Reconstructive surgery

The time has come.  As I’m nearing 3 years post-transplant and my incision has been cut open wide twice now, my transplant surgeon and the head of plastics/reconstructive surgery at the Cleveland Clinic have agreed to flip the green light on fixing the atrocity that has become my abdomen.  As some of you know, it was badly infected after my first surgery, so the second surgeon tried to close it to look better when he was done, but there really wasn’t much to make a large difference without gutting the whole thing and starting new.  So that’s what we’re doing at the end of the summer.

Yes, we are gutting my stomach just like a kitchen, ripping out the old, putting up the clean and new. I don’t think this journey will be a fun one, especially as I’m not required to do it.  You just go along with show when your life doesn’t have a chance.  But this is 100% my choice.

I’ve looked forward to this day for so long, but now that it’s here, I’m not sure if I want it.

You see, my stomach boldly shows all of my battle scars.  The staples, stitches, tubes, and drains.  I trace them when I’m falling asleep sometimes.  They are the only proof of my story, the only souvenir these past years of hell have left me with.  I don’t like what it is, but I like the idea of having it.  I’ve come to learn to ignore it pretty well and have long stopped getting sick every time I get out of the shower and have to look at it.  It’s a nuisance and affects my clothes and my posture, and it’s not pretty, so you’d think the decision would be easy.  But all 90 gashes surrounding my bold Mercedes-Benz logo, and each big bump where a tube or drain once fell from… they each so fully tell my story.  The agony, the pain, and the rising again.  It’s very symbolic to me. [Every time I say Mercedes-Benz I think of my friend Jenn S. who said, “Well at least it’s not a Hyundai.” #transplantfunny]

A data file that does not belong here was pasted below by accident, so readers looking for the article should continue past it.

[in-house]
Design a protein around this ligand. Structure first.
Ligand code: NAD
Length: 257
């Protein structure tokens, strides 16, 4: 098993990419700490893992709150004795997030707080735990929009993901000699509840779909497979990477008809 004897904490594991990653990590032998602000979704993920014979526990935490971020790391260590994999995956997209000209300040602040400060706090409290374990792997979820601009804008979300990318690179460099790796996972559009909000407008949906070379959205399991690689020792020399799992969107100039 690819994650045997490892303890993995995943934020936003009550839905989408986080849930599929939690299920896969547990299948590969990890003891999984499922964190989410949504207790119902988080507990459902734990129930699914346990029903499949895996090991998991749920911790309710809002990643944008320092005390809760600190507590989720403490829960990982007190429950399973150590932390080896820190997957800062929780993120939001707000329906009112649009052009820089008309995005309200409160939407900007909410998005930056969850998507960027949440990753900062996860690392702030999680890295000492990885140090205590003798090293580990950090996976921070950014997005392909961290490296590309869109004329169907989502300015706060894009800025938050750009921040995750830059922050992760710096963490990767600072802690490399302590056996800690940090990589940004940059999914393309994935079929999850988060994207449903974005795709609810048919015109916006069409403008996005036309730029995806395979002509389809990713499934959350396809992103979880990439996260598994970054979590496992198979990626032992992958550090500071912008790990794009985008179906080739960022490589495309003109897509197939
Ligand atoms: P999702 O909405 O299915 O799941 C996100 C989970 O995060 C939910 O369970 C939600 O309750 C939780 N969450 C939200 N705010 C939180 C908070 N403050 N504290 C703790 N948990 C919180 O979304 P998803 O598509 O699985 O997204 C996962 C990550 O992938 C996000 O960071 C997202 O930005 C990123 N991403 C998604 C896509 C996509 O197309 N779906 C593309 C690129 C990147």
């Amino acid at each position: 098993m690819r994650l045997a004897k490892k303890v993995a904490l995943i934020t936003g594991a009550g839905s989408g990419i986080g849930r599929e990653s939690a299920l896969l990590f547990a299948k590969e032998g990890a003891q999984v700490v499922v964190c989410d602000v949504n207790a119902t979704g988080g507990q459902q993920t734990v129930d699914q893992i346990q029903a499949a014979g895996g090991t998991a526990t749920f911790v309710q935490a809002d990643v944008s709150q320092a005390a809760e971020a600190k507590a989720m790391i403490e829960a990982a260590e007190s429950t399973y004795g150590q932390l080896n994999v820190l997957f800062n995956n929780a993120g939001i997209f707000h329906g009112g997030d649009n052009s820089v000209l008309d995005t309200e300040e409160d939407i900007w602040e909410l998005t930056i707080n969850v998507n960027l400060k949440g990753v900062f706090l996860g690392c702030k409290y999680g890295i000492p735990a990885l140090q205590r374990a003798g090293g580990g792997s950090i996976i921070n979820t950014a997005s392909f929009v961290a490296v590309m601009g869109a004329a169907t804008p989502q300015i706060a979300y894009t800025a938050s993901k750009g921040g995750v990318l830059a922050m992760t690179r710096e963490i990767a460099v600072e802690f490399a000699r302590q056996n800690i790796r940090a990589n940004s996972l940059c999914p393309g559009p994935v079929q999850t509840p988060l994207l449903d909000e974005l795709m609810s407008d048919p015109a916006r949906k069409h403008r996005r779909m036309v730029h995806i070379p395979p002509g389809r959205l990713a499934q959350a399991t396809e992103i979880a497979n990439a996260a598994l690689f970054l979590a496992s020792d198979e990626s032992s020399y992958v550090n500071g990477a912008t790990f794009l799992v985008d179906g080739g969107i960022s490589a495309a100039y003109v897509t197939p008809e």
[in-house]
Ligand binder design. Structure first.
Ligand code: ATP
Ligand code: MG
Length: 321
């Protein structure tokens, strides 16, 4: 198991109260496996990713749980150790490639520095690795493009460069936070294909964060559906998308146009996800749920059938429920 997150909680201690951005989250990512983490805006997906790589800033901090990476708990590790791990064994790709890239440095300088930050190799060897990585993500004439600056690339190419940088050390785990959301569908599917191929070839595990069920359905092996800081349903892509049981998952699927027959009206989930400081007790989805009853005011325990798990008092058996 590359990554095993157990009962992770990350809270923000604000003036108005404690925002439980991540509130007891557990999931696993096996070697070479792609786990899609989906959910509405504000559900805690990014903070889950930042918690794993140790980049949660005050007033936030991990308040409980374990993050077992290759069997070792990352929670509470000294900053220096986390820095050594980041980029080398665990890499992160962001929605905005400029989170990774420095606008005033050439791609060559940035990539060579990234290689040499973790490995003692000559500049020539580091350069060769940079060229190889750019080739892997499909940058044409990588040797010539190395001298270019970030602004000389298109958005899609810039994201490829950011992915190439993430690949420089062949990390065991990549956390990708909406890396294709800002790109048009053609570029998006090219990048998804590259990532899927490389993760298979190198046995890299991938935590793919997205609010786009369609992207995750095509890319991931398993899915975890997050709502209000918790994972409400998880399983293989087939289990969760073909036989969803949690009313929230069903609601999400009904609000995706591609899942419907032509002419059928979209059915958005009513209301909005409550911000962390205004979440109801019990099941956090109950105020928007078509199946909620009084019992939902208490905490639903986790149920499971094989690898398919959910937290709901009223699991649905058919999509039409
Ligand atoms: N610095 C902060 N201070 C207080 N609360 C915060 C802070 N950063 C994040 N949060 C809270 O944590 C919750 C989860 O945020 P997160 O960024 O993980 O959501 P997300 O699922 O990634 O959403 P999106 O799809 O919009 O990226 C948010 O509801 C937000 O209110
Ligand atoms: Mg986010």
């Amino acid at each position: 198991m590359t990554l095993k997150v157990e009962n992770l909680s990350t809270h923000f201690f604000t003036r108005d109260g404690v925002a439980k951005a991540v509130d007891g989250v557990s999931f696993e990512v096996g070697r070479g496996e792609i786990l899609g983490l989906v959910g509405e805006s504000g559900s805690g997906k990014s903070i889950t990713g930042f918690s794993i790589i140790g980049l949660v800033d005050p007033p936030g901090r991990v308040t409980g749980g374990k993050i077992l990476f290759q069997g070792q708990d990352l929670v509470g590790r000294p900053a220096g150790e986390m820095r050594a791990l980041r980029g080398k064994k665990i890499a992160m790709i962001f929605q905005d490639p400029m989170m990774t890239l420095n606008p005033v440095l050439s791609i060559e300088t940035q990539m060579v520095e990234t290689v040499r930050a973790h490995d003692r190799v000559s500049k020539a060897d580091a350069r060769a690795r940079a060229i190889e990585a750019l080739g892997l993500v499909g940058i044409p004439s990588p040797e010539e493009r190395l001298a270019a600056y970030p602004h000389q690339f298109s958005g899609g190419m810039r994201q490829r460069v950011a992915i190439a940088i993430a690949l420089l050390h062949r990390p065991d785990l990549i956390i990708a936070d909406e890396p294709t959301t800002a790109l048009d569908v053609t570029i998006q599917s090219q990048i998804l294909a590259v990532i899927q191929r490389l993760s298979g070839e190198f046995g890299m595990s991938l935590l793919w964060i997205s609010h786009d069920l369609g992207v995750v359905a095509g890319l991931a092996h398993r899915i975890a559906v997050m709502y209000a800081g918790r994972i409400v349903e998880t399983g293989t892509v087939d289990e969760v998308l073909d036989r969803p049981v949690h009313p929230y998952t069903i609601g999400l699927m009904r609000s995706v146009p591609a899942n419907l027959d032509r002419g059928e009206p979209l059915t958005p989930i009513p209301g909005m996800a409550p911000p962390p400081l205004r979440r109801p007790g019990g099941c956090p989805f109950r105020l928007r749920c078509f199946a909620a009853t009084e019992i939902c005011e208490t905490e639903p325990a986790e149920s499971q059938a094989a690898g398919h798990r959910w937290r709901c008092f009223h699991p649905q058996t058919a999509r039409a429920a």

I will follow-through, but I’m sharing my mental process here as I know a lot of us are being transplanted younger and younger, these things are becoming issues.  I have no indication that this surgery for this reason has ever been done before, so if you feel like me and hope  someone has had good results from this , then I’m happy you’re here reading along.  I pray my experiences partially influence the future of transplants where you soon won’t have to look like you’ve had a near-death experience from the lines and grooves of your abdomen.  The memories are bad enough in my mind.  I don’t need them tattooed all over my skin.